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Memories of Experience influence consumer behaviour

Wayne McMaster

15 May 2014

The experience of luxury is not created by the features of a product - but by the emotions it evokes in the mind of the consumer, but experience is only part of the story.


As an avid TEDTalk video subscriber I came across a 2010 post by psychologist Daniel Kahneman, Nobel Prize winner and one of the founders of behavioural economics who gave a talk on why our experiences and our memories can be so different. His concept provides important insights about all consumers, but especially purchases of luxury brands.

Behavioral economics founder

Widely regarded as the world's most influential living psychologist, Daniel Kahneman won the Nobel in Economics for his pioneering work in behavioral economics — exploring the irrational ways we make decisions about risk.

Taken from the video:

"Let’s say you are on holiday and have dinner at the best restaurant recommended to you. Perfect table. Food is exquisitely prepared. Wonderful wine. The experience is fantastic. However, when clearing the table the waiter spills coffee into your lap. Odds are that the coffee spill will degrade your memory of the food and wine, no matter how exceptional you otherwise would have remembered them. And if the hot coffee burned a leg or damaged an expensive dress or suit, the wonderful dining experience may not be remembered at all."

Daniel Kahneman points out that the decisions we make are based on our memories, not our experiences. So for that restaurant, your memory will have negative consequences. Not only will it prevent you from returning, it will be shared with all of your friends who ask about your dinner.

Consumer experience

This distinction between experience and memory is especially important as related to luxury brands. Unlike supermarket products and neighborhood restaurants, for which price, utility, and availability are important; the vital ingredient for success in luxury product and service segments is consumer experience. Affluent consumers are more interested in deeper and more meaningful experiences in their interactions with products they purchase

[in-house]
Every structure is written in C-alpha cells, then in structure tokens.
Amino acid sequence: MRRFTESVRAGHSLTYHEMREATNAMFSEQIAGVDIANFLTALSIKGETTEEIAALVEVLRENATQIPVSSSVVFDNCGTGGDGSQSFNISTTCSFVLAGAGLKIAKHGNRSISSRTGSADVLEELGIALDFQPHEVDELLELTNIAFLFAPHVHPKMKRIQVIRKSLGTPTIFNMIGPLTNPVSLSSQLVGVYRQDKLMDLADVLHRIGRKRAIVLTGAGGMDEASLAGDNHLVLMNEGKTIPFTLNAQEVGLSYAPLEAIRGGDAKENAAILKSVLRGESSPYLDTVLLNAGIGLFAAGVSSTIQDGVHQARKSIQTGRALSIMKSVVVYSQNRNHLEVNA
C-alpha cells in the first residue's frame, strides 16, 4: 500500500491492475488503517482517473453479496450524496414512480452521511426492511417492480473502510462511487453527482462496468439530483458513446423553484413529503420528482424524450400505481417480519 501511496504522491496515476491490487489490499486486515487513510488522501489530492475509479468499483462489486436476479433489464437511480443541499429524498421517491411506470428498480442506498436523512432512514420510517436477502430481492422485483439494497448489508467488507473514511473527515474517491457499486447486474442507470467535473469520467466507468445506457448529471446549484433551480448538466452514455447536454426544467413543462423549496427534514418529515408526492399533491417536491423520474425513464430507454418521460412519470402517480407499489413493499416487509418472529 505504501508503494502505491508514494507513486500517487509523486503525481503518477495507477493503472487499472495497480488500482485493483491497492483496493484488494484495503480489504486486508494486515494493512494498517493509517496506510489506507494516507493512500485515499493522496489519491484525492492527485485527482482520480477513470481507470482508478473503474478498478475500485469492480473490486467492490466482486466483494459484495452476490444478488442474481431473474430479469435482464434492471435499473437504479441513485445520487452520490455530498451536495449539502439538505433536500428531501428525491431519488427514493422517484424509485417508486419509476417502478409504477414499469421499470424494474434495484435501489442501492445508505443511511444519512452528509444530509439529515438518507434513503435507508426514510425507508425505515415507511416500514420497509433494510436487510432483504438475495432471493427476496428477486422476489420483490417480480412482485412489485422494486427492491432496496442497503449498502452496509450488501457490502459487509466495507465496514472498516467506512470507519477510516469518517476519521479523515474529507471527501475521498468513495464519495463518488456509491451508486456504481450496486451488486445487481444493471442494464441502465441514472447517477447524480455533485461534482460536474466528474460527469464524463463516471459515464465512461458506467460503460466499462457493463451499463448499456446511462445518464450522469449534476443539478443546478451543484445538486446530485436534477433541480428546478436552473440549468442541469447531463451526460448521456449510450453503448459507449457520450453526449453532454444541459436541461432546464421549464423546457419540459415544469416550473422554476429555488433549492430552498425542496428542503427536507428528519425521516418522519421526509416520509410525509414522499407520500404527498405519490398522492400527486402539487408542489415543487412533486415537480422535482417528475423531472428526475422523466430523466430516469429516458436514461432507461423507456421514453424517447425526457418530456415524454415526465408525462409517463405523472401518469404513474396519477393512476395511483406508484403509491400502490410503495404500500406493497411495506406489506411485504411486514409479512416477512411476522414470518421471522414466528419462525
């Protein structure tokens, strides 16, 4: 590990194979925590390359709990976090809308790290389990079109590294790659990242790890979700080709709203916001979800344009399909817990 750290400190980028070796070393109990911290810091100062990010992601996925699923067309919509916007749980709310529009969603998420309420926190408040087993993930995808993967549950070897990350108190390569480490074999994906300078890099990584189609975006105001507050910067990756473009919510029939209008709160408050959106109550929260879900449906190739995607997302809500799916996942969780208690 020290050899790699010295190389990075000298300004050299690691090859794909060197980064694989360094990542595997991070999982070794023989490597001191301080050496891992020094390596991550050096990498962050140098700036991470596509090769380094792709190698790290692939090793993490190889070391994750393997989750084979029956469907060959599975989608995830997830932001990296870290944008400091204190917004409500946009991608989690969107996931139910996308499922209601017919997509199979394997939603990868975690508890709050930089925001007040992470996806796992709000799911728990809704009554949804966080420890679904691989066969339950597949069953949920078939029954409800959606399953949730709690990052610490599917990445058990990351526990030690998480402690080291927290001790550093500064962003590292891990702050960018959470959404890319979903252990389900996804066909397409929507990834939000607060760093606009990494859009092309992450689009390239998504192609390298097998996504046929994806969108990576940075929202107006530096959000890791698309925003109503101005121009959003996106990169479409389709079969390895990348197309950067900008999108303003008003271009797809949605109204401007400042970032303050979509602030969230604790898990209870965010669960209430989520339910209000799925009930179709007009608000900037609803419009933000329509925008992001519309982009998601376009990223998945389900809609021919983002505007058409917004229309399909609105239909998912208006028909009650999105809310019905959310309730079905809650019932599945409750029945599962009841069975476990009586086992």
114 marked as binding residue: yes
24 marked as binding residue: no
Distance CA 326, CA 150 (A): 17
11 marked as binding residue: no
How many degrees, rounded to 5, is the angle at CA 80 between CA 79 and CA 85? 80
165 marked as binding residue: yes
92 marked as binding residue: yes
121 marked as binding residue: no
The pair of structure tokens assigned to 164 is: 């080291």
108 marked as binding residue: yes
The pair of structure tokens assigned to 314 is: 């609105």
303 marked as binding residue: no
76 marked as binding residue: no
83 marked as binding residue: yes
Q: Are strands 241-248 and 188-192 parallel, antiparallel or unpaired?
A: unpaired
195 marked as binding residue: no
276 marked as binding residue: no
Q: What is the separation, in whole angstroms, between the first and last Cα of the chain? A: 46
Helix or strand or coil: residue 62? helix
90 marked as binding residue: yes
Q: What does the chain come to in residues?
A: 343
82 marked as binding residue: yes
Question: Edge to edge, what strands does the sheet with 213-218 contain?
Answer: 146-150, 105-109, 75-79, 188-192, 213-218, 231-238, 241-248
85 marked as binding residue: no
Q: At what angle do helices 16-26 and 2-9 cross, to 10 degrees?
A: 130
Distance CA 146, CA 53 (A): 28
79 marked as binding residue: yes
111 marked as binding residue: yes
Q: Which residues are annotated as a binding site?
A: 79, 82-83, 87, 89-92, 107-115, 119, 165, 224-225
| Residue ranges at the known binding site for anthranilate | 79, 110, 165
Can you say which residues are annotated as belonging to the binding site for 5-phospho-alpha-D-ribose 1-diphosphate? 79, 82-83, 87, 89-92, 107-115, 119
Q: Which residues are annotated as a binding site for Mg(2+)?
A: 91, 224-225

Experiencing Self and Remembering Self

What we understand from Kahnemans thinking is that 'Day-to-day living' and 'Long-term quality of life' are important elements. These values are expressed in his concept of the “two selves”—the “Experiencing Self” and the “Remembering Self.”

The Experiencing Self lives in the present, processing current inputs and information from the physical and social environment. Life is a continuous series of moments of experience. Once these moments are passed, however, most are lost forever. Many don’t even leave a trace. Kahneman calculated that the psychological presence of an experience lasts about three seconds.

To us, every moment of our life seems precious. What we do minute-to-minute is important to our existence. These experiences should make up the story of our lives. But they don’t.

The story of our lives is written by The Remembering Self. But if almost all of our continuous moment-to-moment experiences are lost, what is remembered? What is the content of our stories?

Stories and their endings

Kahneman tells us that the experiences we remember are defined by change. Our stories are made up of experiences that are new, novel and those that have greater significance. In addition, our Remembering Self likes endings—how episodes and other individual experiences conclude. Thus, in the restaurant example, the spilled coffee dominates the story of an otherwise enjoyable dining experience.


The lesson for high-end interior marketers is that you need to satisfy the needs of the Experiencing Self so that your customers are drawn to you; while you also provide experiential change that the Remembering Self can use to create memories which will bring those customers and clients come back again. Transforming your showroom’s sensory experiences and elevating the quality of interaction between sales staff and the customer are changes that likely will be remembered.


“We actually don't choose between experiences, we choose between memories of experiences. And even when we think about the future, we don't think of our future normally as experiences. We think of our future as anticipated memories.”

Daniel Kahneman


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